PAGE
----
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Well loved whether known as Honeysuckle or Woodbine | Amoils.com

With its love width=ly fragrance, honeysuckle is one of the oldest known medicinal herbs, originating in and native to the Far East and Britain. The three main parts of the plant – the flowers, the buds and the stems – are all rich in medicinal benefits and are mainly used as a tea or as an oil.

Growing your own woodbine

Easy to grow and to train up trellises as a perennial climber, the honeysuckle needs minimum care in the garden, apart from sun or partial shade, occasional watering and trimming, to reward you with its sweet smell and pretty yellow or pink flowers. The flowers can be cut for the home or used as an addition to potpourri. The flowers are much loved by nectar seeking birds and butterflies.

Health benefits of honeysuckle

How to make honeysuckle tea
  • ¼ cup of honeysuckle flowers
  • Add to a cup of boiling water
  • Let it stand for 5 minutes before sipping
Use the tea to
  • Soothe sore throats
  • Act against fever and provide immediate relief
  • Alleviate headaches
  • Help subdue the bacteria that causes salmonella, strep and tuberculosis infections
  • Fight infections in the bladder
  • Clear and soothe respiratory passages
  • Ease joint stiffness
  • Relieve arthritis or rheumatism
  • To curb any feelings of nausea particularly when caused by hepatitis C

Using the oil extracts of woodbine

­The oil extracts of this herb are also useful for fighting against various infections and diseases but the pure essential oil of the honeysuckle is one of the most expensive (due to its difficult extraction) as well as being one of the most lovely to smell. Because of cost, it is usually offered blended in a very small percentage, sometimes with other essential oils. Jasmine blends particularly well with honeysuckle. Be aware that it is most likely an infused honeysuckle oil that you will find for sale. Although infused oils are used for perfumery purposes, they do not possess the same therapeutic values.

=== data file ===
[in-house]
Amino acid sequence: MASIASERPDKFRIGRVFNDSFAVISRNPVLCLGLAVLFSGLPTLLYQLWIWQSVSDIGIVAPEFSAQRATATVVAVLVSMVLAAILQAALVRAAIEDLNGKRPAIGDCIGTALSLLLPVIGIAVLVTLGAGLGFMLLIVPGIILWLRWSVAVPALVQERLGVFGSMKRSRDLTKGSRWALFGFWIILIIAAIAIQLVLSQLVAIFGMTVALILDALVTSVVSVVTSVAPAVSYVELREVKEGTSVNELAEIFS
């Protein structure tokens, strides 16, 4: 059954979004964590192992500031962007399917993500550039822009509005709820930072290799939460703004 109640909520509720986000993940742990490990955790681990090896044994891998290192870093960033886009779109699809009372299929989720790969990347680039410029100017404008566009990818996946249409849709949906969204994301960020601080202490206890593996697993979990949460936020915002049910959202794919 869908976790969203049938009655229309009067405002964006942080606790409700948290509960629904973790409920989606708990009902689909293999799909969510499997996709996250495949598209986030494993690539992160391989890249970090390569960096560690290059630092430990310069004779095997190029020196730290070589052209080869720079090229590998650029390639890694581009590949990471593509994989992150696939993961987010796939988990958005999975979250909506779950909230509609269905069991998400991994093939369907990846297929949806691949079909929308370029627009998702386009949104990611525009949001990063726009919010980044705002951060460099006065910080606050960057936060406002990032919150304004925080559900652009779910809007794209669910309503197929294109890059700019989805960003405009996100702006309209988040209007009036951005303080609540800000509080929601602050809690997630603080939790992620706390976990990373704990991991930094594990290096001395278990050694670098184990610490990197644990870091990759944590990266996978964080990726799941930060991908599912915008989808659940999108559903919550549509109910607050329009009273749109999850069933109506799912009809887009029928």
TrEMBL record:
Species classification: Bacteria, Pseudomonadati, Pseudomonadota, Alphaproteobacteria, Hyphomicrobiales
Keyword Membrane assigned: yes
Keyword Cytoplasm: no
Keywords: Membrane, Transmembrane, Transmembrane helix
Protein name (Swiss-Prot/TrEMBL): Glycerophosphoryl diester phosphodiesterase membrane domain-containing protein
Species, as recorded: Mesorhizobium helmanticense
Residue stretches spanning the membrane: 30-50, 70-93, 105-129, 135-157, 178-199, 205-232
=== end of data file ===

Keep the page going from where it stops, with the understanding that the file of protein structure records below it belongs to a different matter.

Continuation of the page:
• Honeysuckle oil is a popular ingredient in the manufacture of perfumed body oils, skin lotions, soaps and other cosmetics with its sweet and calming fragrance.
  • Many cleansing and detoxifying tonics contain honeysuckle oil as it helps clear heat, wind and toxins from the blood and liver.
  • The oil is used for treating sore throat, fever, skin blemishes and rashes while its anti-bacterial and anti-inflammatory properties help to remove toxins.
  • The oil is added to shampoos and conditioners to give hair a silky softness while helping to eliminate dryness and brittleness.

Other uses for honeysuckle

  • Honeysuckle bark induces a diuretic effect in the body, helping the body to get rid of toxins.
  • The leaves of honeysuckle have astringent properties, making them an important ingredient in an infusuion for use as an oral gargle and general mouthwash.
  • The flower buds can be used to treat various digestive disorders such as diarrhea or gastroenteritis that accompanies food poisoning and related complaints.
  • Honeysuckle flowers can be used to make an asthma treatment by combining equal parts flowers, honey and molasses and taking a teaspoon once in the morning and once at night.
  • Crushed leaves when warmed in hot water can be applied to wounds and sores to aid the healing process.
Just make sure that the honeysuckle has been thoroughly rinsed and dried before use.